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Positive to Soy and Casien also Aug 2007

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HLA-DQB1 Molecular analysis, Allele 1 0303

HLA-DQB1 Molecular analysis, Allele 2 0303

Serologic equivalent: HLA-DQ 3,3 (Subtype 9,9)

#5 Pac

 
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Posted 03 December 2010 - 03:24 AM

This was what I was thinking. I wonder, if the milk is open in the work fridge, if someone is slurping it down from the container after eating a gluten food. Some folks have really nasty habits when no one else is looking.


I was thinking exactly the same.

On the other side, I too get sick from some milk brands while others are perfectly ok.
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#6 dilettantesteph

 
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Posted 03 December 2010 - 06:09 AM

I am very sensitive and I do find one brand of milk and cheese I do well with and the rest I can't tolerate. Gluten is in breast milk, I wonder if it could be from diet?
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#7 lovegrov

 
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Posted 03 December 2010 - 06:17 AM

Cow's milk does not contain gluten. Cows have a different digestion system than humans. I've never heard of anybody adding gluten to milk and if they added wheat in the U.S. it would have to be listed.

richard
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#8 cassP

 
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Posted 03 December 2010 - 06:35 AM

I am very sensitive and I do find one brand of milk and cheese I do well with and the rest I can't tolerate. Gluten is in breast milk, I wonder if it could be from diet?


i agree with this post. i mean i really hope it's not true.. but i did read recent articles suggesting it could be possible for gluten to be in some dairy- because it has been found in breast milk. i hope it's not the case- i do buy grass fed dairy products when im at whole foods- but they dont have grass fed everything.. or when im out like at starbux, i cant get grass fed & hormone free... maybe i should just get over my dairy addiction :/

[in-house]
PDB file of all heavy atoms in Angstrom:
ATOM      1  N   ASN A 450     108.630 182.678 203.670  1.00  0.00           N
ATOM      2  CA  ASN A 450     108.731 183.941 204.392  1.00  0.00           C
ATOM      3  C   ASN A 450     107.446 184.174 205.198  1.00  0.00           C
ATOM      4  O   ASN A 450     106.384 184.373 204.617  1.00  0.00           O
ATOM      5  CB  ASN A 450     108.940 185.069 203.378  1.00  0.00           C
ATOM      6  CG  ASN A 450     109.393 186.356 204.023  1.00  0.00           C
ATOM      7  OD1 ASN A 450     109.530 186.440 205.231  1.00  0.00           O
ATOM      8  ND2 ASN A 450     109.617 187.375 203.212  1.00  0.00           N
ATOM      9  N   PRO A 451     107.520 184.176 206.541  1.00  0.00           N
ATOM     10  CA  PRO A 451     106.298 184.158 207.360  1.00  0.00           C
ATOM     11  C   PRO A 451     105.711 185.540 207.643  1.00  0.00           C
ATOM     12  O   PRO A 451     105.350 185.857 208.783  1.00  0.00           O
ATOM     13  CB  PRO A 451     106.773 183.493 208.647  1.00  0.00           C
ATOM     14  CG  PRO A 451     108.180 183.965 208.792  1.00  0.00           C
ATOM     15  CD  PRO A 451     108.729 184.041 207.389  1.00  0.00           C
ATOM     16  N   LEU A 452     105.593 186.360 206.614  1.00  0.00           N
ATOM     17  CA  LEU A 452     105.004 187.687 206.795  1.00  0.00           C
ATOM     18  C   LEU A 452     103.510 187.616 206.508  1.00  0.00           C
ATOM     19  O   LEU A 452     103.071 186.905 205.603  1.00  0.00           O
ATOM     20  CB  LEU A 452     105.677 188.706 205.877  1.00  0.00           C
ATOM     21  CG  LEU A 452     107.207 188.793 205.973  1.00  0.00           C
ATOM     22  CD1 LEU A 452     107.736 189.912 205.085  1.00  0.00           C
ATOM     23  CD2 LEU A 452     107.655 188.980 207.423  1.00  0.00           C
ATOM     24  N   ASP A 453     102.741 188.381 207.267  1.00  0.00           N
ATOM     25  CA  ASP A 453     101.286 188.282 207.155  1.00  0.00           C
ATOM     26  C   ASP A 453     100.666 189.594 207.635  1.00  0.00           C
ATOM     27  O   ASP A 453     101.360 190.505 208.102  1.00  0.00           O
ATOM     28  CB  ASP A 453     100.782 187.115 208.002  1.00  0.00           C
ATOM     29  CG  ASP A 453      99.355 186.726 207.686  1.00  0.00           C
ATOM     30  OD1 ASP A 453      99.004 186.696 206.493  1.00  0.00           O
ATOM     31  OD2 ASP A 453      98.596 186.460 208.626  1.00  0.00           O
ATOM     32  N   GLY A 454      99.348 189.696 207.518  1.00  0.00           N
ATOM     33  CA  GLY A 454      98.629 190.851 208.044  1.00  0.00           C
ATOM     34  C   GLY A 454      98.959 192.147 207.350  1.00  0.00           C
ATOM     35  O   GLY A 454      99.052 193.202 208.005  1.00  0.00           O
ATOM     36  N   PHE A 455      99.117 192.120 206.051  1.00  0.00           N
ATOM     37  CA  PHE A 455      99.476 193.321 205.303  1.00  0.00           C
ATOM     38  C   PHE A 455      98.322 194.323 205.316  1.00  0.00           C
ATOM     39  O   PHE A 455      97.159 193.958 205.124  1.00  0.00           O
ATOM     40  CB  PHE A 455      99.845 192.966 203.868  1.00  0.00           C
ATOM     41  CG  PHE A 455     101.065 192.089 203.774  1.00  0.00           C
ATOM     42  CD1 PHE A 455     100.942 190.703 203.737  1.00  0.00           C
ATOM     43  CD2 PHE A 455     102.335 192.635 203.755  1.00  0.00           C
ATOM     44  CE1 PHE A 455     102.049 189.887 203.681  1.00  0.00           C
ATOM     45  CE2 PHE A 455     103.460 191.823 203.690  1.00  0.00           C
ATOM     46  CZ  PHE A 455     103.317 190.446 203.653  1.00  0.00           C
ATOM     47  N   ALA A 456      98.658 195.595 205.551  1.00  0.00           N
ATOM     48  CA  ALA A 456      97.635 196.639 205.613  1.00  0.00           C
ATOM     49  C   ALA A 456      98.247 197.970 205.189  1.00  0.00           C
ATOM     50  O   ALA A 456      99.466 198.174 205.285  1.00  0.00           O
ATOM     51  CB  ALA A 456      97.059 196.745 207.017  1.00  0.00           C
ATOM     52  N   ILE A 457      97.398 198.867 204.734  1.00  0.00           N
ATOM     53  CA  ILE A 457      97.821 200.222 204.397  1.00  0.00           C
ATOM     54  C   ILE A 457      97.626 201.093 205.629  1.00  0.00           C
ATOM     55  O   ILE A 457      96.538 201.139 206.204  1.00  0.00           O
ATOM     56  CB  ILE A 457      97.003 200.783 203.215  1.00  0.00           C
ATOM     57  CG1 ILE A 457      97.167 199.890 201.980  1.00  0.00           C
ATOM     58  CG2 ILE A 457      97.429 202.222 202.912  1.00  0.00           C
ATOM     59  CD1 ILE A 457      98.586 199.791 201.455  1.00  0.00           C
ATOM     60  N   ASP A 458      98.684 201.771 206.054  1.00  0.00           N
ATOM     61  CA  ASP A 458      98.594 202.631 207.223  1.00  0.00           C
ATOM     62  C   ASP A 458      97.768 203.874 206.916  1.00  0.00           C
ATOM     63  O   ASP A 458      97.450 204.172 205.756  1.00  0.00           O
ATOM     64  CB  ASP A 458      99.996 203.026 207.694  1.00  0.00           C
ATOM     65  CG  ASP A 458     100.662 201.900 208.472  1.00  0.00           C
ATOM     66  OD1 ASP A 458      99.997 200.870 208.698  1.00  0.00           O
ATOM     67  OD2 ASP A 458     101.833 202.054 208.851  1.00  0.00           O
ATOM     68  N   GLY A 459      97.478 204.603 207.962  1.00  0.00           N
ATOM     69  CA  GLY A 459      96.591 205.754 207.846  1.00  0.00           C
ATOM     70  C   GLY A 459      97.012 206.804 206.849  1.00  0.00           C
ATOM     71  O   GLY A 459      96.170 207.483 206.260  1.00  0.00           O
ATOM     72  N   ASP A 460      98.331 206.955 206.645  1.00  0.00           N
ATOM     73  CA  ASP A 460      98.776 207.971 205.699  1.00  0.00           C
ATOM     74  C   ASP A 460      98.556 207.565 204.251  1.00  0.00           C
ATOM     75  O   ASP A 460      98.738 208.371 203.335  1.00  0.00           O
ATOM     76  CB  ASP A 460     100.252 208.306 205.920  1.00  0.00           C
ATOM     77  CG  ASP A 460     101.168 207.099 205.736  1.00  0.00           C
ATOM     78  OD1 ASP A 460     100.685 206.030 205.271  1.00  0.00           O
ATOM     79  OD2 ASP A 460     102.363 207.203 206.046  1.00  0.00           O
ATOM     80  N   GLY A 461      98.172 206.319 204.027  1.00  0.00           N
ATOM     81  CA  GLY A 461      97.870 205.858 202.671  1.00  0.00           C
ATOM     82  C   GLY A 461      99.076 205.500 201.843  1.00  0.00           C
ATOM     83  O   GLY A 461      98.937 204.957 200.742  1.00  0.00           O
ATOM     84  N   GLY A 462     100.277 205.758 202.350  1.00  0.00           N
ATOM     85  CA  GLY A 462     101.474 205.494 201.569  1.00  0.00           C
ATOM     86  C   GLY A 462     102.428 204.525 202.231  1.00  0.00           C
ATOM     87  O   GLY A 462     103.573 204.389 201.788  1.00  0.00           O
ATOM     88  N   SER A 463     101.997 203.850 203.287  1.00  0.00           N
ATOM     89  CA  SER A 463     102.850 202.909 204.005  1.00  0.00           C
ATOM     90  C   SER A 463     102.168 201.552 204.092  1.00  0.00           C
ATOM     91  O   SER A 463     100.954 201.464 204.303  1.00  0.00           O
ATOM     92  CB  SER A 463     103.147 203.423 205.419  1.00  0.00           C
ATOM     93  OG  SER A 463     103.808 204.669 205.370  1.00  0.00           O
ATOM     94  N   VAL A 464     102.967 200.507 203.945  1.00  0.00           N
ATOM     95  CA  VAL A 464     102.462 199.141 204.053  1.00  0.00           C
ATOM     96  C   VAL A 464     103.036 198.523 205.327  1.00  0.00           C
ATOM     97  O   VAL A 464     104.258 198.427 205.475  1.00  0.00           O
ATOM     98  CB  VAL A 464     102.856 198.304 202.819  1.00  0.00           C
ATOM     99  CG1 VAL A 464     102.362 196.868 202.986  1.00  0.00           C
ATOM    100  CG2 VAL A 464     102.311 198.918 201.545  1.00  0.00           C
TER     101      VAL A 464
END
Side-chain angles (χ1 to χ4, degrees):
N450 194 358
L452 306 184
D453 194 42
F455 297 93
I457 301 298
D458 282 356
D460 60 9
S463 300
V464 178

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1986- Elevated Speckled ANA/no Lupus.negative Sjorgens
2008- AntiGliadin IGA/IGg~ Negative,TTG IGA/IGg~ Weak Positive, Endomysial Antibody~ Positive, IGA Deficient.
no biopsy (insurance denied)
6/2010- Enterolab Gene Test:
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HLA-DQB1 Allele 2 0302
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#9 Marz

 
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Posted 03 December 2010 - 07:04 AM

This was what I was thinking. I wonder, if the milk is open in the work fridge, if someone is slurping it down from the container after eating a gluten food. Some folks have really nasty habits when no one else is looking.


Gosh, I hope not! But I guess I'll try it if I can find a small container of the brand.
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Feb 2010 - Start of continuous GIT problems and panic attacks
July 2010 - Blood and biopsy -ve, went gluten free after testing which completely relieved symptoms
July 2011 - 1 year gluten free, food intolerances (Chicken, eggs, olives, goat milk) gone!

2012 - Soy no longer a problem
*************************************************************
Gluten intolerant

#10 Skylark

 
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Posted 03 December 2010 - 09:44 AM

There is no gluten in milk. Different breeds of dairy of cows make milks with slightly different casein profiles and if you're a little sensitive to alpha-casein (really common in celiacs) you might find some milks agree with you better than others.
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#11 dilettantesteph

 
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Posted 04 December 2010 - 07:06 AM

There is no gluten in milk. Different breeds of dairy of cows make milks with slightly different casein profiles and if you're a little sensitive to alpha-casein (really common in celiacs) you might find some milks agree with you better than others.

I am sure that there is no gluten in milk within the 20 ppm suggested guidelines. That means that there is no gluten in milk as far as most celiacs are concerned. Based on my reaction I would say that the levels are much less than 5 ppm. I say this by comparing my reaction to milk and cheese to my reaction to an Amy's product which had been tested to below 5 ppm. Are you sure that there is no gluten in milk at very low levels? With the testing limits available currently, I don't know that anyone can definitively say that. Do you know of any studies looking at lower levels of gluten? I would love to know about them.